I need to determine MIME-types from files without suffix in python3 and I thought of python-magic as a fitting solution therefor. Unfortunately it does not work as described here: https://github.com/ahupp/python-magic/blob/master/README.md

What happens is this:

>>> import magic
>>> magic.from_file("testdata/test.pdf")
Traceback (most recent call last):
  File "<stdin>", line 1, in <module>
AttributeError: 'module' object has no attribute 'from_file'

So I had a look at the object, which provides me with the class Magic for which I found documentation here: http://filemagic.readthedocs.org/en/latest/guide.html

I was surprised, that this did not work either:

>>> with magic.Magic() as m:
...     pass
... 
Traceback (most recent call last):
  File "<stdin>", line 1, in <module>
TypeError: __init__() missing 1 required positional argument: 'ms'
>>> m = magic.Magic()
Traceback (most recent call last):
  File "<stdin>", line 1, in <module>
TypeError: __init__() missing 1 required positional argument: 'ms'
>>> 

I could not find any information about how to use the class Magic anywhere, so I went on doing trial and error, until I figured out, that it accepts instances of LP_magic_set only for ms. Some of them are returned by the module's methods magic.magic_set() and magic_t(). So I tried to instanciate Magic with either of them. When I then call the file() method from the instance, it will always return an empty result and the errlvl() method tells me error no. 22. So how do I use magic anyway?

  • Do you have a magic.py file in the same directory as the one you launched the python shell from? The errors you got make it sound like you do (as I just got all your examples working). One way you can find out is import inspect then inspect.getfile(magic) and see whether this is the expected file for the magic module. – metatoaster Aug 13 '14 at 12:38
  • >>> import inspect >>> inspect.getfile(magic) '/usr/lib/python3.4/site-packages/magic.py' – Richard Neumann Aug 13 '14 at 12:46
  • Oh wait, you are referring to Ubuntu's python-magic. Yeah that's a completely different package to the one you looked at. Really though you could take a cursory glance at that file returned by inspect.getfile and see that it probably completely differs from the one on GitHub. – metatoaster Aug 13 '14 at 12:50
  • Another thing, for future reference, is that from the python shell you can call help(obj) to get some kind of help from obj via the builtin documentations. So in this case help(magic) will also bring up any docstrings and available methods that clearly show that what you got on your system is not the same thing you got the documentation for. – metatoaster Aug 13 '14 at 13:11
  • I already read the module, which was not helpful at all. It's by the way the Arch-Package. – Richard Neumann Aug 13 '14 at 13:19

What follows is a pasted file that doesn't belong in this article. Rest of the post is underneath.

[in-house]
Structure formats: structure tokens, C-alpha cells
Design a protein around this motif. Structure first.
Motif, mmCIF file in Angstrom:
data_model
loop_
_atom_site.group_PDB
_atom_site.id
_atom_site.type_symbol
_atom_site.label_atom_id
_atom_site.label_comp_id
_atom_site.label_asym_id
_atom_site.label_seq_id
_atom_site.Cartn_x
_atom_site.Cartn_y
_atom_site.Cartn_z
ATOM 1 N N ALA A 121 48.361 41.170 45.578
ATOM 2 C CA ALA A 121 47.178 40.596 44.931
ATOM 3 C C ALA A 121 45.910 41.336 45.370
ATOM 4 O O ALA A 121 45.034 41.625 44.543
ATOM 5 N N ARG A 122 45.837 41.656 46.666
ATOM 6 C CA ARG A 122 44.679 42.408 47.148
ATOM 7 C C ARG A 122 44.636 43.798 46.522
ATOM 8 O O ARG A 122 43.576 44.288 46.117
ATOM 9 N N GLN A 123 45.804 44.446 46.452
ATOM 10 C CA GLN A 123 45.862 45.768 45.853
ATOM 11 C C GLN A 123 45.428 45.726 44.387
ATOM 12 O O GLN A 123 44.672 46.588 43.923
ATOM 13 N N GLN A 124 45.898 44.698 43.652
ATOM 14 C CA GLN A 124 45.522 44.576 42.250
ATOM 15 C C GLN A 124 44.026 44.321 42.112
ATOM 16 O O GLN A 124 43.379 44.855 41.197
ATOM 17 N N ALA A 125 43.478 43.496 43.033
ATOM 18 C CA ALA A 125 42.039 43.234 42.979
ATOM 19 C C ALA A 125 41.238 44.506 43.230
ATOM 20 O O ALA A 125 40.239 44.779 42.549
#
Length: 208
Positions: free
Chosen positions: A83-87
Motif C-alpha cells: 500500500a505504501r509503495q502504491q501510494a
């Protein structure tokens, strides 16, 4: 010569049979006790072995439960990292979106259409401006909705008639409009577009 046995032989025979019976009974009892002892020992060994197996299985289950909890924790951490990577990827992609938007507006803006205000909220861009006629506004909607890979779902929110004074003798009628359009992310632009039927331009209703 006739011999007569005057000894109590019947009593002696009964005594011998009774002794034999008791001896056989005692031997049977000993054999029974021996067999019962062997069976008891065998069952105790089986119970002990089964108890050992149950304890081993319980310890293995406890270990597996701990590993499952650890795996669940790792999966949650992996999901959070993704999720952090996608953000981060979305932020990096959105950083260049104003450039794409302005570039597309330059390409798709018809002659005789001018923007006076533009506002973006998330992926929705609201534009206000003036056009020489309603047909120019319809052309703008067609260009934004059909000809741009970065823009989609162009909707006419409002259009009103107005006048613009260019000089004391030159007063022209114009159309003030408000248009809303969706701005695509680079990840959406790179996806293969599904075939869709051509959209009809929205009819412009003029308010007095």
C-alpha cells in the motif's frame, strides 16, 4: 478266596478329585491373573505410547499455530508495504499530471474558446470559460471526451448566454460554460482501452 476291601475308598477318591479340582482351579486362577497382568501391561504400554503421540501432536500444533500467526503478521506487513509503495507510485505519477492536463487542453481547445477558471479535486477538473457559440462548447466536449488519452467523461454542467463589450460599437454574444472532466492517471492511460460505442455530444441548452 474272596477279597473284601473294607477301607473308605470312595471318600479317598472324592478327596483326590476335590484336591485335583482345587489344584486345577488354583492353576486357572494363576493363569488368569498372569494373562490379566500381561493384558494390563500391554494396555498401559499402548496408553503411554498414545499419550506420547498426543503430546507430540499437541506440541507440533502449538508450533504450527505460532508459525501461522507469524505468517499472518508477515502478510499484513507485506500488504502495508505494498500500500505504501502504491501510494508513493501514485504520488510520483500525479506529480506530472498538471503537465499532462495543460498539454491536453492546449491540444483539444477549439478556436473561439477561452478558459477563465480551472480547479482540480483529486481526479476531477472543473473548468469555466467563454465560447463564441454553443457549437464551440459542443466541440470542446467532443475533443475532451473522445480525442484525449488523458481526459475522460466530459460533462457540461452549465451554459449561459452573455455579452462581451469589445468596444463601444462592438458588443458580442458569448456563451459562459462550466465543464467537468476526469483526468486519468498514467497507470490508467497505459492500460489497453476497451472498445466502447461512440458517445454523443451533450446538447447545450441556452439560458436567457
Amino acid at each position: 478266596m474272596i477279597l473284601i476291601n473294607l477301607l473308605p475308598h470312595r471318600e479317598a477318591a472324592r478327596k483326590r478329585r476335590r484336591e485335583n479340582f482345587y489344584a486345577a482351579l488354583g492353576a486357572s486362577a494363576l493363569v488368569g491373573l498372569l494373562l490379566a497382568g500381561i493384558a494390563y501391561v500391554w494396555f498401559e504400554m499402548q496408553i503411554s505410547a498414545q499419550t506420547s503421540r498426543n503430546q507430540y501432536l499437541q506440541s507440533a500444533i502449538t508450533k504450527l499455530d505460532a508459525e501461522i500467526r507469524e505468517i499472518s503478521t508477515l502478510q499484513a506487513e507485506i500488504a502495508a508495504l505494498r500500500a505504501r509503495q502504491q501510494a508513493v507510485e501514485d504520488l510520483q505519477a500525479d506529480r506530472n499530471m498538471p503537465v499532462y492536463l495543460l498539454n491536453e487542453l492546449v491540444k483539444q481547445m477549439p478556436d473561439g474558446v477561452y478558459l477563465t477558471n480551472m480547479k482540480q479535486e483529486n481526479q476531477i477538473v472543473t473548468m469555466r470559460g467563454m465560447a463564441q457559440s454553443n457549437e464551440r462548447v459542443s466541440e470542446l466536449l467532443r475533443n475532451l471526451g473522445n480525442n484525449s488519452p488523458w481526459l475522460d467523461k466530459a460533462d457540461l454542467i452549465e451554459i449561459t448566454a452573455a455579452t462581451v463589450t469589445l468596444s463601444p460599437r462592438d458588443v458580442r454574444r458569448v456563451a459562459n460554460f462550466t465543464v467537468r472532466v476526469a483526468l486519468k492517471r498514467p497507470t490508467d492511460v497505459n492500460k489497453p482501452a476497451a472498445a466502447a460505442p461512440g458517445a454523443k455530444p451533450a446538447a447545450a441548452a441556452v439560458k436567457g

up vote 11 down vote accepted

I think that you are confusing different implementations of "python-magic"

You appear to have installed python-magic-5.19.1, however, you reference firstly the documentation for python-magic-0.4.6, and secondly filemagic-1.6. I think that you are better off using python-magic-0.4.6 as it is readily available at PYPI and easily installed via pip into virtualenv environments.

Documentation for python-magic-5.19.1 is hard to come by, but I managed to get it to work like this:

>>> import magic
>>> m=magic.open(magic.MAGIC_NONE)
>>> m.load()
0
>>> m.file('/etc/passwd')
'ASCII text'
>>> m.file('/usr/share/cups/data/default.pdf')
'PDF document, version 1.5'

You can also get different magic descriptions, e.g. MIME type:

>>> m=magic.open(magic.MAGIC_MIME)
>>> m.load()
0
>>> m.file('/etc/passwd')
'text/plain; charset=us-ascii'
>>> m.file('/usr/share/cups/data/default.pdf')
'application/pdf; charset=binary'

or for more recent versions of python-magic-5.30

>>> import magic
>>> magic.detect_from_filename('/etc/passwd')
FileMagic(mime_type='text/plain', encoding='us-ascii', name='ASCII text')
>>> magic.detect_from_filename('/etc/passwd').mime_type
'text/plain'
  • 1
    Thanks. Couldn't find the documentation for bindings to that specifically for Python to help this person who can't seem to understand the difference. – metatoaster Aug 13 '14 at 13:26
  • I couldn't find any documentation either, just had to read the module source to guess how to use it. – mhawke Aug 13 '14 at 13:27
  • Thanks. magic.MAGIC_MIME_TYPE has the desired behaviour. – Richard Neumann Aug 14 '14 at 14:15
  • @MHawke - Thanks for providing a working example with both output formats. Here is a single example from the libmagic repo (or a fork of it?) github.com/threatstack/libmagic/blob/master/python/example.py This is only the documentation I could find that presented a workflow of using the module. – Lars Nordin Jun 11 '16 at 11:31
  • There's a lot of confusion around the two python binding (found a bug report in ubuntu packages by people trying to use the ahupp version of the lib with the standard one.) Anyway, you can get the same result without open and load: magic.detect_from_filename('your_file').mime_type directly provides the expected answer. – Marwan Burelle May 4 '17 at 9:24

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